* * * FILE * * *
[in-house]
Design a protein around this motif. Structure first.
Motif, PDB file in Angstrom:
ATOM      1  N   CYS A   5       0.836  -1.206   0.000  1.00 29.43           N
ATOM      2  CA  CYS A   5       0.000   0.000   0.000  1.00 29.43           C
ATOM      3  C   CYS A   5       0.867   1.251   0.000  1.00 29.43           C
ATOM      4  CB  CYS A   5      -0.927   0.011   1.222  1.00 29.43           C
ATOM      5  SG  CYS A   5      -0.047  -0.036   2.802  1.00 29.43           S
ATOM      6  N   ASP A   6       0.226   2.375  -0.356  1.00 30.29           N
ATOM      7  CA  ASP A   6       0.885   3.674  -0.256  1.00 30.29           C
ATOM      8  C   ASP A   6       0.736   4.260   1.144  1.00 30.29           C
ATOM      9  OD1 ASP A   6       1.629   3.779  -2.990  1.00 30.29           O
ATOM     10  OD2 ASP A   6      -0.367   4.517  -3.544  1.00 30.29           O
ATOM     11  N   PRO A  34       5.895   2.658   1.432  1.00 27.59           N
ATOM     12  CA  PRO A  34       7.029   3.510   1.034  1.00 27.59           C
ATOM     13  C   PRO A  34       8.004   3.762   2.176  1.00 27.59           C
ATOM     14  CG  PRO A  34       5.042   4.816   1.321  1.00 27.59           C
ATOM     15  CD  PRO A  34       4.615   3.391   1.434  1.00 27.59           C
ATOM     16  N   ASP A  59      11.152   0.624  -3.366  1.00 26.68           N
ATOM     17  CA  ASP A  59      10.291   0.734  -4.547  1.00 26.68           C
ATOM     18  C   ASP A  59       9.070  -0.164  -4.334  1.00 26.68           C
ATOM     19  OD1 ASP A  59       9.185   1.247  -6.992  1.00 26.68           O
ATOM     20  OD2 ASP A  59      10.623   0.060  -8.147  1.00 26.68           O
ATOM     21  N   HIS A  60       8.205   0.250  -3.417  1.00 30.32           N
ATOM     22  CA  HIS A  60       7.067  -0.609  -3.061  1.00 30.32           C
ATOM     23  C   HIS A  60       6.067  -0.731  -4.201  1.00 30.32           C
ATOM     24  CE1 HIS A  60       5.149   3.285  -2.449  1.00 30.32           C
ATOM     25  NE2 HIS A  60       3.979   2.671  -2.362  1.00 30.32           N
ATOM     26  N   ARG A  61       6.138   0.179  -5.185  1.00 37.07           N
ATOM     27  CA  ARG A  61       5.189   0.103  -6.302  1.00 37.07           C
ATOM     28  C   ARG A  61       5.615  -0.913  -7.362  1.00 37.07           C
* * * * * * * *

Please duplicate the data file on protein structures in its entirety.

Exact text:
[in-house]
Design a protein around this motif. Structure first.
Motif, PDB file in Angstrom:
ATOM      1  N   CYS A   5       0.836  -1.206   0.000  1.00 29.43           N
ATOM      2  CA  CYS A   5       0.000   0.000   0.000  1.00 29.43           C
ATOM      3  C   CYS A   5       0.867   1.251   0.000  1.00 29.43           C
ATOM      4  CB  CYS A   5      -0.927   0.011   1.222  1.00 29.43           C
ATOM      5  SG  CYS A   5      -0.047  -0.036   2.802  1.00 29.43           S
ATOM      6  N   ASP A   6       0.226   2.375  -0.356  1.00 30.29           N
ATOM      7  CA  ASP A   6       0.885   3.674  -0.256  1.00 30.29           C
ATOM      8  C   ASP A   6       0.736   4.260   1.144  1.00 30.29           C
ATOM      9  OD1 ASP A   6       1.629   3.779  -2.990  1.00 30.29           O
ATOM     10  OD2 ASP A   6      -0.367   4.517  -3.544  1.00 30.29           O
ATOM     11  N   PRO A  34       5.895   2.658   1.432  1.00 27.59           N
ATOM     12  CA  PRO A  34       7.029   3.510   1.034  1.00 27.59           C
ATOM     13  C   PRO A  34       8.004   3.762   2.176  1.00 27.59           C
ATOM     14  CG  PRO A  34       5.042   4.816   1.321  1.00 27.59           C
ATOM     15  CD  PRO A  34       4.615   3.391   1.434  1.00 27.59           C
ATOM     16  N   ASP A  59      11.152   0.624  -3.366  1.00 26.68           N
ATOM     17  CA  ASP A  59      10.291   0.734  -4.547  1.00 26.68           C
ATOM     18  C   ASP A  59       9.070  -0.164  -4.334  1.00 26.68           C
ATOM     19  OD1 ASP A  59       9.185   1.247  -6.992  1.00 26.68           O
ATOM     20  OD2 ASP A  59      10.623   0.060  -8.147  1.00 26.68           O
ATOM     21  N   HIS A  60       8.205   0.250  -3.417  1.00 30.32           N
ATOM     22  CA  HIS A  60       7.067  -0.609  -3.061  1.00 30.32           C
ATOM     23  C   HIS A  60       6.067  -0.731  -4.201  1.00 30.32           C
ATOM     24  CE1 HIS A  60       5.149   3.285  -2.449  1.00 30.32           C
ATOM     25  NE2 HIS A  60       3.979   2.671  -2.362  1.00 30.32           N
ATOM     26  N   ARG A  61       6.138   0.179  -5.185  1.00 37.07           N
ATOM     27  CA  ARG A  61       5.189   0.103  -6.302  1.00 37.07           C
ATOM     28  C   ARG A  61       5.615  -0.913  -7.362  1.00 37.07           C